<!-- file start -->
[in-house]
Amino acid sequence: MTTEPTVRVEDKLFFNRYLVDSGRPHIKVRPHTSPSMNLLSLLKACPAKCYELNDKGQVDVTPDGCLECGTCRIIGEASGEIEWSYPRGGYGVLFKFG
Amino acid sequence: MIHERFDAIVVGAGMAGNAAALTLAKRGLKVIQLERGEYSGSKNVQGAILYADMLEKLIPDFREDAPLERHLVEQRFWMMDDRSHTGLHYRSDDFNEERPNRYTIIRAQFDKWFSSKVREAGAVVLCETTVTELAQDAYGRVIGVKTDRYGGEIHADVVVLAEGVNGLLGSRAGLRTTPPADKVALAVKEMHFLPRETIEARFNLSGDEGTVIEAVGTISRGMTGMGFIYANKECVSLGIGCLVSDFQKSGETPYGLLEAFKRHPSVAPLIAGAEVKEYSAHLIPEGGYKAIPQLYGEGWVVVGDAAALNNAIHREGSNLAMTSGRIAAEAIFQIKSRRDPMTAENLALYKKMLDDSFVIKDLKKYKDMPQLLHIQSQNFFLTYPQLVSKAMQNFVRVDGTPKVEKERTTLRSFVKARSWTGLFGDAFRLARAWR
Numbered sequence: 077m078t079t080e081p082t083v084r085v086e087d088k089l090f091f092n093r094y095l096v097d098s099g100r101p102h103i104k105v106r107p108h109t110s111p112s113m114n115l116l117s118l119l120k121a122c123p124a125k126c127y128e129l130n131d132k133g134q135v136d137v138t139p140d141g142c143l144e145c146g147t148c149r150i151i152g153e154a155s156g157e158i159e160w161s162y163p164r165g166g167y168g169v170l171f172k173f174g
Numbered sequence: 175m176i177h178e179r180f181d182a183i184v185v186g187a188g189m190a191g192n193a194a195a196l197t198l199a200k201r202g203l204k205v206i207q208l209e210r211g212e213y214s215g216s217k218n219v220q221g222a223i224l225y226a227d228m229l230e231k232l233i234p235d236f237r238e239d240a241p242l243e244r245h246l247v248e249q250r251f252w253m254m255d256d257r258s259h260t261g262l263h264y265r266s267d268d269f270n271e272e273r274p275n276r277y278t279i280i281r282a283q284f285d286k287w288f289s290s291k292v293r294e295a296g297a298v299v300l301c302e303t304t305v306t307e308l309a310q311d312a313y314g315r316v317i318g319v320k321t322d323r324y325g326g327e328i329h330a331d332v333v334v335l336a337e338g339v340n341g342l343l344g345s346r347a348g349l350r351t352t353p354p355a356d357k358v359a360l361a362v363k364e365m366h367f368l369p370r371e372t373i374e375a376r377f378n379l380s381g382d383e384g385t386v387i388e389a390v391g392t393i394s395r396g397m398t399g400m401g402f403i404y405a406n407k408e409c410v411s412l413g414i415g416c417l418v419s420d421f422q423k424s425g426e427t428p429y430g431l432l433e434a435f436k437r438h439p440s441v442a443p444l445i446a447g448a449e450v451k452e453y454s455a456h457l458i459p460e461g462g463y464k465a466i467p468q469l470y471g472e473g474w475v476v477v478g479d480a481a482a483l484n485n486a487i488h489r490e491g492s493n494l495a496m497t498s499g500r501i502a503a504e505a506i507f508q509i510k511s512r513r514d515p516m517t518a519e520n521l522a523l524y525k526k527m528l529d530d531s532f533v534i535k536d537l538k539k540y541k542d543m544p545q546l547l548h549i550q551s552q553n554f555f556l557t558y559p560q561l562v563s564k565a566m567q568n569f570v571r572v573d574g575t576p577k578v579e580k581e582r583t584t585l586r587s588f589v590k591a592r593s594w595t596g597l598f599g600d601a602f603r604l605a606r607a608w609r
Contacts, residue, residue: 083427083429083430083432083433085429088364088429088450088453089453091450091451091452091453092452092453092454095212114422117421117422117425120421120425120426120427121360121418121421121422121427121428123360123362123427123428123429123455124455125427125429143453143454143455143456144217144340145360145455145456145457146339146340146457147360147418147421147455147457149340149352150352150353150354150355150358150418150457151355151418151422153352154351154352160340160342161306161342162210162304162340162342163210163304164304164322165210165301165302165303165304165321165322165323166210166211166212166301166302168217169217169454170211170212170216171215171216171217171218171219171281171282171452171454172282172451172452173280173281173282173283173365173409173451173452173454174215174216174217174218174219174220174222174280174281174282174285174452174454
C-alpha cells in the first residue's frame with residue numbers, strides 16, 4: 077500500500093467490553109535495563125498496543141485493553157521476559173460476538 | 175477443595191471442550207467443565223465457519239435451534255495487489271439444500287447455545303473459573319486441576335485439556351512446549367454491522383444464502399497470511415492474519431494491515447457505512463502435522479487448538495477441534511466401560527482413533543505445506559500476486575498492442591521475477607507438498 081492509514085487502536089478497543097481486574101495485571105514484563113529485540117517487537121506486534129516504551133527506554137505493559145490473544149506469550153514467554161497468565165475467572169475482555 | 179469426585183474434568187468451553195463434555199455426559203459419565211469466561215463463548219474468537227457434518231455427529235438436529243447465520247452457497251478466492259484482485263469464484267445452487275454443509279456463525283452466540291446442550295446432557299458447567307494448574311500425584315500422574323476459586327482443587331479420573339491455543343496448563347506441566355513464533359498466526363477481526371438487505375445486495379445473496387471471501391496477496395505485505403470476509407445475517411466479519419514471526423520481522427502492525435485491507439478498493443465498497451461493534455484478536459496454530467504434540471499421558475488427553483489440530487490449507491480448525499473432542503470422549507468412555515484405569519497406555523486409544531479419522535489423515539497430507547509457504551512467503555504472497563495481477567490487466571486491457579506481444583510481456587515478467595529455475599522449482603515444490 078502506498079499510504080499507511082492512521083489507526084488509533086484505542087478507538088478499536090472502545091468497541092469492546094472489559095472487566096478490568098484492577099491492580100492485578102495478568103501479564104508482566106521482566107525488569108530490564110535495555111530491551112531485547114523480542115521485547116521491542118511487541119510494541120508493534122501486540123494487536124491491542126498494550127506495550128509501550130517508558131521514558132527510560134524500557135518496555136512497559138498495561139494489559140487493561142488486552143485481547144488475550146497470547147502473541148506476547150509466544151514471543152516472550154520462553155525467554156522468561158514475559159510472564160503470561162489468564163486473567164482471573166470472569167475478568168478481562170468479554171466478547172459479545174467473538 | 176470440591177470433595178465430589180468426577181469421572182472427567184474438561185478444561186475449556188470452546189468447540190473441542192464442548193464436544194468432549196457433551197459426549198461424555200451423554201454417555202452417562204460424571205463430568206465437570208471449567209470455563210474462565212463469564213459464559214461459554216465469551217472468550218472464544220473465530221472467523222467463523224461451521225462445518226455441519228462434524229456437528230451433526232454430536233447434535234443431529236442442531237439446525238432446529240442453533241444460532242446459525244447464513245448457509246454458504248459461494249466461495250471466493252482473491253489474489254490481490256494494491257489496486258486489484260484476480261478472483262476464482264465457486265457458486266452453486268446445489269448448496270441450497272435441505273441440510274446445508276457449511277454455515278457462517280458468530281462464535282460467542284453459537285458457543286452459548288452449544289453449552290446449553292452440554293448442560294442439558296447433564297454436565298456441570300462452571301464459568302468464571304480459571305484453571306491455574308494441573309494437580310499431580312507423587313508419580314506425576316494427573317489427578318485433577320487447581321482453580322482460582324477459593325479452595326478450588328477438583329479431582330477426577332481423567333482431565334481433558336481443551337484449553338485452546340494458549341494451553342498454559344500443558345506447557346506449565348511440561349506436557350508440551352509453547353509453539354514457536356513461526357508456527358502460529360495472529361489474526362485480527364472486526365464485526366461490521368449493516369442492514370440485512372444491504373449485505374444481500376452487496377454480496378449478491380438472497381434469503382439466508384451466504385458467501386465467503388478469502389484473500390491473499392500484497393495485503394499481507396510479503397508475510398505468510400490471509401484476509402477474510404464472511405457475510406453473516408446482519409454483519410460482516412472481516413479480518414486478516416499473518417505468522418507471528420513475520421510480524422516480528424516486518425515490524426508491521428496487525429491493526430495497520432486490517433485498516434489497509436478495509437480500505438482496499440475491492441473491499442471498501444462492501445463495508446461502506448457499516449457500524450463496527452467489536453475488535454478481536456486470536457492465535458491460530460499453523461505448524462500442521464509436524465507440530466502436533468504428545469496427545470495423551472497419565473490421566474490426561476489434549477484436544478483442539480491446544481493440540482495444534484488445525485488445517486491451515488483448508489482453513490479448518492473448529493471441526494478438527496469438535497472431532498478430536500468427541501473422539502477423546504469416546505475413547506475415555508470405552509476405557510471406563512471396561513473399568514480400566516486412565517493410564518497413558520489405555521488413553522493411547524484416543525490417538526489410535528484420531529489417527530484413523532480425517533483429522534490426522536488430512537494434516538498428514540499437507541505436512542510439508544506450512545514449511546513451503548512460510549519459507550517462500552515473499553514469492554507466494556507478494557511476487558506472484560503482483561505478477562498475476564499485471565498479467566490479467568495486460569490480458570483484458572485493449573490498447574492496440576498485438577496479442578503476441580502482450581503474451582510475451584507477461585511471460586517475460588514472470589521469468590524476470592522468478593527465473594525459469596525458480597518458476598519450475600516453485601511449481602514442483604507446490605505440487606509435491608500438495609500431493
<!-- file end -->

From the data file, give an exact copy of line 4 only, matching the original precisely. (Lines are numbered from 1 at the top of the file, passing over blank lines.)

Numbered sequence: 077m078t079t080e081p082t083v084r085v086e087d088k089l090f091f092n093r094y095l096v097d098s099g100r101p102h103i104k105v106r107p108h109t110s111p112s113m114n115l116l117s118l119l120k121a122c123p124a125k126c127y128e129l130n131d132k133g134q135v136d137v138t139p140d141g142c143l144e145c146g147t148c149r150i151i152g153e154a155s156g157e158i159e160w161s162y163p164r165g166g167y168g169v170l171f172k173f174g